By Adam Pagnucco.
Everyone knows that elected officials sometimes disagree on issues. They may have differences of philosophy or values. They may emphasize different sets of conflicting data. They may prioritize one thing over another. But how many of them actually make stuff up and use that as a basis for policy arguments?
One does. His name is Larry Hogan.
The Governor’s target is a law passed by the General Assembly over his veto known as the Maryland Open Transportation Investment Decision Act of 2016. The law was intended to open up the opaque process used by the Maryland Department of Transportation (MDOT) to decide which transportation projects to fund in the state’s capital budget. The law requires MDOT to use a scoring procedure to evaluate future proposed major projects using measurements of safety and security, system preservation, quality of service, environmental stewardship, community vitality, economic prosperity, equitable access, cost effectiveness and local jurisdiction priorities. The score of each project included in MDOT’s capital budget would be released publicly. But the law makes clear that the scores themselves would not determine a project’s fate. MDOT would have the final say over which ones get funded. The law says explicitly that “the Department may include in the Consolidated Transportation Program a major capital transportation project with a lower score over a major capital transportation project with a higher score if it provides in writing a rational basis for the decision.” The law also says, “Nothing in this Act may be construed to prohibit or prevent the funding of the capital transportation priorities in each jurisdiction.”
Sounds harmless, yeah? Not to Governor Hogan. He is calling the law “the Road Kill Bill” and has released a huge list of transportation projects it would allegedly cancel. The Governor said in a public statement that the law was a “disastrous bill which will absolutely be responsible for the elimination of nearly all of the most important transportation priorities in every single jurisdiction all across the state… It will wreak havoc on the entire state transportation system and usurp important authority away from local governments and away from the executive branch of state government, giving authority instead to lobbyists and special interest groups.” He has launched a fierce social media campaign to repeal it.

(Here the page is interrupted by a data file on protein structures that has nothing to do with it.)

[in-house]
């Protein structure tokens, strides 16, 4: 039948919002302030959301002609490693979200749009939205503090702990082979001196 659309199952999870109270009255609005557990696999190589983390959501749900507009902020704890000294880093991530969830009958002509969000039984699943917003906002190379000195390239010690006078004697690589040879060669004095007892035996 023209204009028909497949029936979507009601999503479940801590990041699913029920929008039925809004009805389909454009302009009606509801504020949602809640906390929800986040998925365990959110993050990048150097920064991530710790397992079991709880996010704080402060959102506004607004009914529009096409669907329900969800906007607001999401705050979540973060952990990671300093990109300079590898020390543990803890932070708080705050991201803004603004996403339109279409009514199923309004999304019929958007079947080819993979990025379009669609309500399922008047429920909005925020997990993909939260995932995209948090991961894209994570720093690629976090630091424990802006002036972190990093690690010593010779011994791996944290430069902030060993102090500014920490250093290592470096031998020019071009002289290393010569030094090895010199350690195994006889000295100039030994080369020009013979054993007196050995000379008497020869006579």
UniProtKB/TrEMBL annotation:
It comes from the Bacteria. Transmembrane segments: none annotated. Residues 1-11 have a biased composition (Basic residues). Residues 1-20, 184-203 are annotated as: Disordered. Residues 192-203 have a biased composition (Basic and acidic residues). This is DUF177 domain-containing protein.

And yet the plain language of the law itself would not kill any transportation projects. Not a single one.
Think that’s bad enough? It’s even worse. One of the projects the Governor says the law would kill is the Watkins Mill/I-270 interchange in Gaithersburg. This is a top priority for MoCo’s state legislators and was a significant reason for their support of a 2013 transportation funding increase. And yet the Hogan administration indefinitely postponed it and later mulled cutting exit ramps to save money. Only after the MoCo delegation introduced legislation to mandate funding the project did MDOT relent and reluctantly put it back on track. And now the Governor is falsely blaming the transportation scoring law for killing a project that his own administration tried to kill!
Folks, what we have here is not a failure to communicate. It is a failure to live in reality. The Governor’s attacks on this law are contradicted by the plain language of the law itself. It does not kill ANY projects. In fact, it explicitly preserves MDOT’s ability to decide which projects get funded. This dispute is not about killing projects at all. What it’s really about is that the Governor can’t stand any law that subjects his decisions to public scrutiny. And this concept is so alien to him that he is willing to make false statements in public about what the law actually does. This is not a matter of right vs left or Democrats vs Republicans. It’s a matter of making stuff up to justify what you want.
Now what other soon-to-be GOP officeholder does this remind you of?